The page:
The direction in which a 2D-vector points can be characterized by a single
angle; for 3D-vectors two angles are needed.
The name given to all finite-dimensional spaces obtained by taking Cartesian
products of the real numbers
. They are denoted by
n = 1, 2, 3...
The magnitude of a vector is its length, or distance from the origin.
The projection of a vector in a particular direction is its "shadow" along
that direction. If
is a unit vector, the projection of a vector
the direction of
is given by a new vector which points in the direction
and whose magnitude is
: i.e. the projection of
This is the standard convention chosen when defining the cross product
between two vectors. It states that
i×j = k
, even though both options are equally valid. Once this
convention has been chosen, there is no longer any ambiguity about whether
the cross product between two vectors points upwards or downwards. (Before
this we only knew it had to point in a direction perpendicular to the plane
of the original two vectors).
A vector quantity (such as the dot product or the cross product) is
rotationally invariant if its value remains the same under a rotation of its
input vectors. Both the dot product and the cross product are rotationally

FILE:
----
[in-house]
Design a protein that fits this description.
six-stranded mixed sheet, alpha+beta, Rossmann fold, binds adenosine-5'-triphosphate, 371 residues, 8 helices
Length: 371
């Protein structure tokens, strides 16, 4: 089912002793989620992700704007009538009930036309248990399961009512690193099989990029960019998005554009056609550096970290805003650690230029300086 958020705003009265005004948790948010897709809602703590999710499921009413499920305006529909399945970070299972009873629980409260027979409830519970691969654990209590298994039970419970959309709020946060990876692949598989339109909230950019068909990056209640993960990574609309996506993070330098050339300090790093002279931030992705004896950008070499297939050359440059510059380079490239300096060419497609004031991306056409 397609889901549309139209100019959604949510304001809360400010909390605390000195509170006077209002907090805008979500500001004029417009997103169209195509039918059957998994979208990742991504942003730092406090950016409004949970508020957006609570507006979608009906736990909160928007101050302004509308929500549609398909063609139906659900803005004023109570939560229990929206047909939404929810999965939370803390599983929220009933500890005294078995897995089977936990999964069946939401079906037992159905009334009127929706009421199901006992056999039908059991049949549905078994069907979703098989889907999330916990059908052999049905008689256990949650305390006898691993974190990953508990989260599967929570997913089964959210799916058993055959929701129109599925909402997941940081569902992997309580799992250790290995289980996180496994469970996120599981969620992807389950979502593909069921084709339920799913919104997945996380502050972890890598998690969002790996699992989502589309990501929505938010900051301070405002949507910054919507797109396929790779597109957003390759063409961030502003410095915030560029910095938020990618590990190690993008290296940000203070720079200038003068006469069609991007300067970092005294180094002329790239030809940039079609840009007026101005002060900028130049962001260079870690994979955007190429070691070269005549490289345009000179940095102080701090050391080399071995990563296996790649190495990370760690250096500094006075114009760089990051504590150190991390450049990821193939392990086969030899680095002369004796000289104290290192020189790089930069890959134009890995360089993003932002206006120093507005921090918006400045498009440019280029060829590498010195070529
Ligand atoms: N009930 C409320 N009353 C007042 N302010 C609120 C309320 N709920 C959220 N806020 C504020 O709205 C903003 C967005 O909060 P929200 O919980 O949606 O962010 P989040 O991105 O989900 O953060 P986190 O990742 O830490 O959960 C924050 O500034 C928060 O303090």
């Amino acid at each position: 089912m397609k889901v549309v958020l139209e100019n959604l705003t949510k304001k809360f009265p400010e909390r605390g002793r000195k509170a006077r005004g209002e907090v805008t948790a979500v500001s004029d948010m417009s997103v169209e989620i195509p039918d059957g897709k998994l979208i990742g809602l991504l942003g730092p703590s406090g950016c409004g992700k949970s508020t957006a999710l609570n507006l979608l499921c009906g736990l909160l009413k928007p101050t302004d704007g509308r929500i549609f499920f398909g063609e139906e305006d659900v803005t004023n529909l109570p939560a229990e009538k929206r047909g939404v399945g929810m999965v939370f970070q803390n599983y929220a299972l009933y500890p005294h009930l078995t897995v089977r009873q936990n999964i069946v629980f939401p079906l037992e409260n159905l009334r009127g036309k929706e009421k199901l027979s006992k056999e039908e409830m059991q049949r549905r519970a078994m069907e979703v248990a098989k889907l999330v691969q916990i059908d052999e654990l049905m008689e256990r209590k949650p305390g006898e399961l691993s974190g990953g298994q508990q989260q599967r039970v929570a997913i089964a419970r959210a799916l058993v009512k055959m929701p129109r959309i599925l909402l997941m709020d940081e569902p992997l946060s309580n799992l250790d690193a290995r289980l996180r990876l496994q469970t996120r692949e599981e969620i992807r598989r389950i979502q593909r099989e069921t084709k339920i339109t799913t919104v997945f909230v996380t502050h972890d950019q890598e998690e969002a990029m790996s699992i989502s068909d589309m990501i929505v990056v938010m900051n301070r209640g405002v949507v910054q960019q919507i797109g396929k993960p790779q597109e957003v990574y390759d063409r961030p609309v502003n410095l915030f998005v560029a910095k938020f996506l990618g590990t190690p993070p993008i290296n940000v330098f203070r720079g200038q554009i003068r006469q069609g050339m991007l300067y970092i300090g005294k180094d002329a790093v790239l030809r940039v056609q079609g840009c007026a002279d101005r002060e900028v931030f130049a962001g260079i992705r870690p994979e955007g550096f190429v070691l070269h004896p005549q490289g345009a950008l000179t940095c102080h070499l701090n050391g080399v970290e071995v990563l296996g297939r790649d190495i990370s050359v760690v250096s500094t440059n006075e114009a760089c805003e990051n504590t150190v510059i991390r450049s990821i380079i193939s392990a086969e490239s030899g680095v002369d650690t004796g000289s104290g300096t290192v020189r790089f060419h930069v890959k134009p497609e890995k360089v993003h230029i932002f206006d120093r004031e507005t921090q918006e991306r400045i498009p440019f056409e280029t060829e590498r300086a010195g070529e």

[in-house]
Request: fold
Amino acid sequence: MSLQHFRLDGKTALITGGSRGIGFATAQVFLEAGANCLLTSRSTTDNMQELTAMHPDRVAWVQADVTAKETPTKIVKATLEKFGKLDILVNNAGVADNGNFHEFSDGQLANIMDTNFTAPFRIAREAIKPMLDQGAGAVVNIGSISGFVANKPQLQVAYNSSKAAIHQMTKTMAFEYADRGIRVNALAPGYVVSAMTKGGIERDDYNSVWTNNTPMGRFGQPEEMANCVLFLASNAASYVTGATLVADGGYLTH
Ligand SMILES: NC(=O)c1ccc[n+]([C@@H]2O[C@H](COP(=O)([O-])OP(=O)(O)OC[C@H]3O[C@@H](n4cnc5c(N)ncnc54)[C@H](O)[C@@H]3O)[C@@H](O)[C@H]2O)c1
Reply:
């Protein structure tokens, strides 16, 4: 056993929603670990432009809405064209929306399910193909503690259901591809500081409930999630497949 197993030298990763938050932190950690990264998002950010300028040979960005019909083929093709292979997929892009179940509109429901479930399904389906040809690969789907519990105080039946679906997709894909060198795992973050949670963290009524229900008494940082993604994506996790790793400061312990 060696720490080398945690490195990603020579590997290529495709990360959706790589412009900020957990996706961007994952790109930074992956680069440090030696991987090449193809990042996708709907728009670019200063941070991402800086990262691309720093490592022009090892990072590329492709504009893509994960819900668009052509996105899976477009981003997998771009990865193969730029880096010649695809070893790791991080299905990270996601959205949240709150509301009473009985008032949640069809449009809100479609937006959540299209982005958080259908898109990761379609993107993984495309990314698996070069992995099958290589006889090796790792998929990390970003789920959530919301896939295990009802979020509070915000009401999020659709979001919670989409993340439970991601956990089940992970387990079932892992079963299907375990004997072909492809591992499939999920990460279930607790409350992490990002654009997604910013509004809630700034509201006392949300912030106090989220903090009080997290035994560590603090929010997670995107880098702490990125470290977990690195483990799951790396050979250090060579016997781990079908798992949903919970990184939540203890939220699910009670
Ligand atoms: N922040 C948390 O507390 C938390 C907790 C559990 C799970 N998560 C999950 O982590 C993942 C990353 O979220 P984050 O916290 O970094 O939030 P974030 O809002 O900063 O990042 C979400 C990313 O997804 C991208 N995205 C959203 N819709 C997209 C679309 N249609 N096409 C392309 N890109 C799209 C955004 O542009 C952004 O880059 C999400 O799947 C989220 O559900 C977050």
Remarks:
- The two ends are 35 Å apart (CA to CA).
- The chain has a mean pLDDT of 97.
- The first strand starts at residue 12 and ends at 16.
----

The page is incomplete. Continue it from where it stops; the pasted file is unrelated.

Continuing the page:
invariant, while vector addition and scalar multiplication, in general, are
An ordinary number; whereas vectors have direction and magnitude,
scalars have only magnitude. The scalars we will be dealing with will all be
real numbers, but other kinds of numbers can also be scalars. 5 miles
represents a scalar.
A vector whose length is one. The unit vectors which point in the
-directions in typical 3-dimensional space are usually denoted by
A two-dimensional vector is an ordered pair
of numbers; a
three-dimensional vector is an ordered triplet
(a, b, c)
. In other words,
points in the plane or in three-dimensional space are vectors. These kinds
of vectors can also be described as having direction and magnitude: 5
miles to the east represents a vector.
A set that is closed under addition and scalar multiplication. Examples of
vector spaces include the Euclidean plane
and ordinary three-